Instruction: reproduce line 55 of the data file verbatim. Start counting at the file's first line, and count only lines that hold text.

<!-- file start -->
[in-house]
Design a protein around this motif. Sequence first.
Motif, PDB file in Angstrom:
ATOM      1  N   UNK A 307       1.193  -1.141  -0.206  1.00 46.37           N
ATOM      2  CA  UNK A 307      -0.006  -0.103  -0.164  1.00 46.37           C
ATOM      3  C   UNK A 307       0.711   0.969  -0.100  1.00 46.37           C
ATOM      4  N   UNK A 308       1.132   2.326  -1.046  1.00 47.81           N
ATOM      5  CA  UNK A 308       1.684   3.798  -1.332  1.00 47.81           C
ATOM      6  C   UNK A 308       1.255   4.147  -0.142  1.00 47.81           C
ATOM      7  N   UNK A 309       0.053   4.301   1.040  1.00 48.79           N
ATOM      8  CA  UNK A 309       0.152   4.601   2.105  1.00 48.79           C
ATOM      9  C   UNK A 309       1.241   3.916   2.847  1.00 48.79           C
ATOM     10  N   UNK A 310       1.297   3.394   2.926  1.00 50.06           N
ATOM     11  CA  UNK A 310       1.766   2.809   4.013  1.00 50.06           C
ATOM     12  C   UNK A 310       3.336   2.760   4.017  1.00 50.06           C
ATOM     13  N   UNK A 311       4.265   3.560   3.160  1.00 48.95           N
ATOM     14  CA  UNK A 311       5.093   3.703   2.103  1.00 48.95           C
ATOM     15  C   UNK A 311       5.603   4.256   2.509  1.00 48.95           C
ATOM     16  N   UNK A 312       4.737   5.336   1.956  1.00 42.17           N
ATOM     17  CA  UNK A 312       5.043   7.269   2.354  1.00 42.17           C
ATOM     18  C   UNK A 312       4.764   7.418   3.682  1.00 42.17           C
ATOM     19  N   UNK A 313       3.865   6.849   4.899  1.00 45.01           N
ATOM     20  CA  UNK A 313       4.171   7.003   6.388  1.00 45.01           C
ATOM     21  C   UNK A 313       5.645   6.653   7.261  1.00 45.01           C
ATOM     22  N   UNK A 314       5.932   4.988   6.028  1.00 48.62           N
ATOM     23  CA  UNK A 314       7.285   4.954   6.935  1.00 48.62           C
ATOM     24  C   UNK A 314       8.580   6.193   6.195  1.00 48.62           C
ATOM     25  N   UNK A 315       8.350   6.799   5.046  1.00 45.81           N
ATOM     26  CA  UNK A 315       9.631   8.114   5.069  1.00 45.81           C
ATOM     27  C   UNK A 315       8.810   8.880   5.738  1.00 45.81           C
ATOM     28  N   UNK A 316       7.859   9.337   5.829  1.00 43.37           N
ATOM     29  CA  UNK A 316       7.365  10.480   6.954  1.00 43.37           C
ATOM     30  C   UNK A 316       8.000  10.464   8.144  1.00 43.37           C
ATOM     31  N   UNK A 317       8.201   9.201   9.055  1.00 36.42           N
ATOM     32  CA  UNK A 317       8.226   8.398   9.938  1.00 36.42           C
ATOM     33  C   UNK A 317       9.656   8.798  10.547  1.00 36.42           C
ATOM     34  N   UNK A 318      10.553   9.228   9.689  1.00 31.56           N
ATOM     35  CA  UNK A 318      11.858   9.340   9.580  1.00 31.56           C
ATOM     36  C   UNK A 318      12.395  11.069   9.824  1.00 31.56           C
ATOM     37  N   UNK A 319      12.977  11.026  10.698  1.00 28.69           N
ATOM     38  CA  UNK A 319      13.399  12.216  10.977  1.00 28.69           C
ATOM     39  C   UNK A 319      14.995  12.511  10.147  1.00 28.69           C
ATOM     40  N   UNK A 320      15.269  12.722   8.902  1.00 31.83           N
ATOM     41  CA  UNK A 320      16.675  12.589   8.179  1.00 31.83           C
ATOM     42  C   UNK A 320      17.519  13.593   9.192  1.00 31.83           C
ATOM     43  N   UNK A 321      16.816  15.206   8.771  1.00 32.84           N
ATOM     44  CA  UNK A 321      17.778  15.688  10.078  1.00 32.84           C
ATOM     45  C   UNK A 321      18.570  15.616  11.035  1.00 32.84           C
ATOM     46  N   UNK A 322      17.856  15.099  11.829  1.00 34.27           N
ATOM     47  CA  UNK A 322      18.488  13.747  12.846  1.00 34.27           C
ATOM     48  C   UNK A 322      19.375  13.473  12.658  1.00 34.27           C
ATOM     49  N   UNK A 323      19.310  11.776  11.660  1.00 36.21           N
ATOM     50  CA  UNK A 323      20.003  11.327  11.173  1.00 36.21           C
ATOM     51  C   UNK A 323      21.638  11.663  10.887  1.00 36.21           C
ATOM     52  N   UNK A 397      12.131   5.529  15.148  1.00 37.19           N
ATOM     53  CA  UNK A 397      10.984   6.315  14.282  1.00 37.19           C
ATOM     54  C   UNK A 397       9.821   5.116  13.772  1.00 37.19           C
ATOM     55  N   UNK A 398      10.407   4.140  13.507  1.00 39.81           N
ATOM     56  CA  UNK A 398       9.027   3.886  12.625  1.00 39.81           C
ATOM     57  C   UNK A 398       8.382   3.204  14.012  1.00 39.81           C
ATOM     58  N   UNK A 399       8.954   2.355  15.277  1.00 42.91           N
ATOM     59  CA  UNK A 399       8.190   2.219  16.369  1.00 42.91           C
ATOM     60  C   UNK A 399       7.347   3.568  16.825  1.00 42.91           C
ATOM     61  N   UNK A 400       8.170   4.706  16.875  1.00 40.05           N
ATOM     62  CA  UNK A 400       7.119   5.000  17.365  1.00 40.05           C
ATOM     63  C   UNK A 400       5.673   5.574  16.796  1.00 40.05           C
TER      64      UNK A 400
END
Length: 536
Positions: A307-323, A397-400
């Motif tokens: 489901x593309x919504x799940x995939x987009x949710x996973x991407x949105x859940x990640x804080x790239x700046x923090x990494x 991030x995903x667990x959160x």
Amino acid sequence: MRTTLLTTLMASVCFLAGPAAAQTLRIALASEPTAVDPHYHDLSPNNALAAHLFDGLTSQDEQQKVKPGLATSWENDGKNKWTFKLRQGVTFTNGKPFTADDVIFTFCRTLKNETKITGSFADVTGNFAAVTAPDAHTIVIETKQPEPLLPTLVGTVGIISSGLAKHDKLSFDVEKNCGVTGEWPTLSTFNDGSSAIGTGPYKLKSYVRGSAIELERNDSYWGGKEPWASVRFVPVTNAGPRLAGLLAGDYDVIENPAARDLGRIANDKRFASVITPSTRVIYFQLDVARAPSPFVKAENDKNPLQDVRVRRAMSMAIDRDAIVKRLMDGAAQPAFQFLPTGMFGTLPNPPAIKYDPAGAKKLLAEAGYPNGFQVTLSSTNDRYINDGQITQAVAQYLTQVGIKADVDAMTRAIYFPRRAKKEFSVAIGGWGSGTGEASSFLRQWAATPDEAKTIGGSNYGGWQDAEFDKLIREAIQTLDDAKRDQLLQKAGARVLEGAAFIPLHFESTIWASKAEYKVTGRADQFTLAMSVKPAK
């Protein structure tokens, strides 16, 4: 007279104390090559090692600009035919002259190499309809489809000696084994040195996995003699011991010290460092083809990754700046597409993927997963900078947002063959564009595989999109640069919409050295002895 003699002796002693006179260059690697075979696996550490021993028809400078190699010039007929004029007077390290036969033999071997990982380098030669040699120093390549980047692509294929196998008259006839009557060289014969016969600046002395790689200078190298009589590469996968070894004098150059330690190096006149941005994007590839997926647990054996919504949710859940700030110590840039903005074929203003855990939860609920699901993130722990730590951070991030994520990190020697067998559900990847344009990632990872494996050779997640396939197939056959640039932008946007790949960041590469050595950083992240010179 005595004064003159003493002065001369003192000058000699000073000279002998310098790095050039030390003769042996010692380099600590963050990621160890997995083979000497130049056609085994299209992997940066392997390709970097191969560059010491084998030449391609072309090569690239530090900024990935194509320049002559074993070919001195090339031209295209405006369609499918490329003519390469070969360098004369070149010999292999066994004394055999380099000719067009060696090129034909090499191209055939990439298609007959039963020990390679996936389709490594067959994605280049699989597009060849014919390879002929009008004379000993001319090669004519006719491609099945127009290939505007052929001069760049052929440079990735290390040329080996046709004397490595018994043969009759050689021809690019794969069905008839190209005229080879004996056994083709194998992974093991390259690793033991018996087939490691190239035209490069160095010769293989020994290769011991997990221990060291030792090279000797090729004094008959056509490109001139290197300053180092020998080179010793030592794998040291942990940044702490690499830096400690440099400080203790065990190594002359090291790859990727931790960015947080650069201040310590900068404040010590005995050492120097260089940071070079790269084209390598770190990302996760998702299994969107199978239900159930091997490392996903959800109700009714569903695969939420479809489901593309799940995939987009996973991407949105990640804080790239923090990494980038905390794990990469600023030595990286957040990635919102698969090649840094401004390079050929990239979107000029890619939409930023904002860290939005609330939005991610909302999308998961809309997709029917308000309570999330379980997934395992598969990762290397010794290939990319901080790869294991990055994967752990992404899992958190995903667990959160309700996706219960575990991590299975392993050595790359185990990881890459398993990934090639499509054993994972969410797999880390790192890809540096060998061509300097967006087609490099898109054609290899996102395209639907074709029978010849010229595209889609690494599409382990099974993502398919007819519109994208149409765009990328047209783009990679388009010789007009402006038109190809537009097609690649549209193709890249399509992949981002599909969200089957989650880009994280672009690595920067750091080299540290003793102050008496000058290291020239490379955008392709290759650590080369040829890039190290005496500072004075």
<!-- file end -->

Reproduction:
ATOM     52  N   UNK A 397      12.131   5.529  15.148  1.00 37.19           N